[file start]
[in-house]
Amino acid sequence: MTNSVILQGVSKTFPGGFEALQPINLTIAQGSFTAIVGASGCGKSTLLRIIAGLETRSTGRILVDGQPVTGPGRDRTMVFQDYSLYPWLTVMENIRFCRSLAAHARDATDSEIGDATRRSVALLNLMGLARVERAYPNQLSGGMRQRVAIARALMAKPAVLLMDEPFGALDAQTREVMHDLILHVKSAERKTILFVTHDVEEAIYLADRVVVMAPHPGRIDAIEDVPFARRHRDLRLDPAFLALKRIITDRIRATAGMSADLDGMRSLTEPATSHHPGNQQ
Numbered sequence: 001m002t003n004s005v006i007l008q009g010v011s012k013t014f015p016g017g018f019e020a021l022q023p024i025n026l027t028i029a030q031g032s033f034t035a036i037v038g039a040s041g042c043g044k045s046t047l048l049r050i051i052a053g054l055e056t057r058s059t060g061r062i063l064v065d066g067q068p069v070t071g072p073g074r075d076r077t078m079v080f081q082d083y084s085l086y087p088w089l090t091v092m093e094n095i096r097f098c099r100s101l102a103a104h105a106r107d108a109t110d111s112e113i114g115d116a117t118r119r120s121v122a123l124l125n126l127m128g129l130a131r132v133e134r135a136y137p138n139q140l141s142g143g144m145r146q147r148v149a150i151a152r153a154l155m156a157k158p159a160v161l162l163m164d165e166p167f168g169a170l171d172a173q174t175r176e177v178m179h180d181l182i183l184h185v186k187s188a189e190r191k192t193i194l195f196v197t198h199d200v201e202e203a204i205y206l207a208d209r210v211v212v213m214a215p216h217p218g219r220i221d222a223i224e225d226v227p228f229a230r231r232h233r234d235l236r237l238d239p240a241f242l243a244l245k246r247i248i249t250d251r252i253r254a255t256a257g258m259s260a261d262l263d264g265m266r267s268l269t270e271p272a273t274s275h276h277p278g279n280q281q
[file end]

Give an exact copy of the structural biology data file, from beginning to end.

[in-house]
Amino acid sequence: MTNSVILQGVSKTFPGGFEALQPINLTIAQGSFTAIVGASGCGKSTLLRIIAGLETRSTGRILVDGQPVTGPGRDRTMVFQDYSLYPWLTVMENIRFCRSLAAHARDATDSEIGDATRRSVALLNLMGLARVERAYPNQLSGGMRQRVAIARALMAKPAVLLMDEPFGALDAQTREVMHDLILHVKSAERKTILFVTHDVEEAIYLADRVVVMAPHPGRIDAIEDVPFARRHRDLRLDPAFLALKRIITDRIRATAGMSADLDGMRSLTEPATSHHPGNQQ
Numbered sequence: 001m002t003n004s005v006i007l008q009g010v011s012k013t014f015p016g017g018f019e020a021l022q023p024i025n026l027t028i029a030q031g032s033f034t035a036i037v038g039a040s041g042c043g044k045s046t047l048l049r050i051i052a053g054l055e056t057r058s059t060g061r062i063l064v065d066g067q068p069v070t071g072p073g074r075d076r077t078m079v080f081q082d083y084s085l086y087p088w089l090t091v092m093e094n095i096r097f098c099r100s101l102a103a104h105a106r107d108a109t110d111s112e113i114g115d116a117t118r119r120s121v122a123l124l125n126l127m128g129l130a131r132v133e134r135a136y137p138n139q140l141s142g143g144m145r146q147r148v149a150i151a152r153a154l155m156a157k158p159a160v161l162l163m164d165e166p167f168g169a170l171d172a173q174t175r176e177v178m179h180d181l182i183l184h185v186k187s188a189e190r191k192t193i194l195f196v197t198h199d200v201e202e203a204i205y206l207a208d209r210v211v212v213m214a215p216h217p218g219r220i221d222a223i224e225d226v227p228f229a230r231r232h233r234d235l236r237l238d239p240a241f242l243a244l245k246r247i248i249t250d251r252i253r254a255t256a257g258m259s260a261d262l263d264g265m266r267s268l269t270e271p272a273t274s275h276h277p278g279n280q281q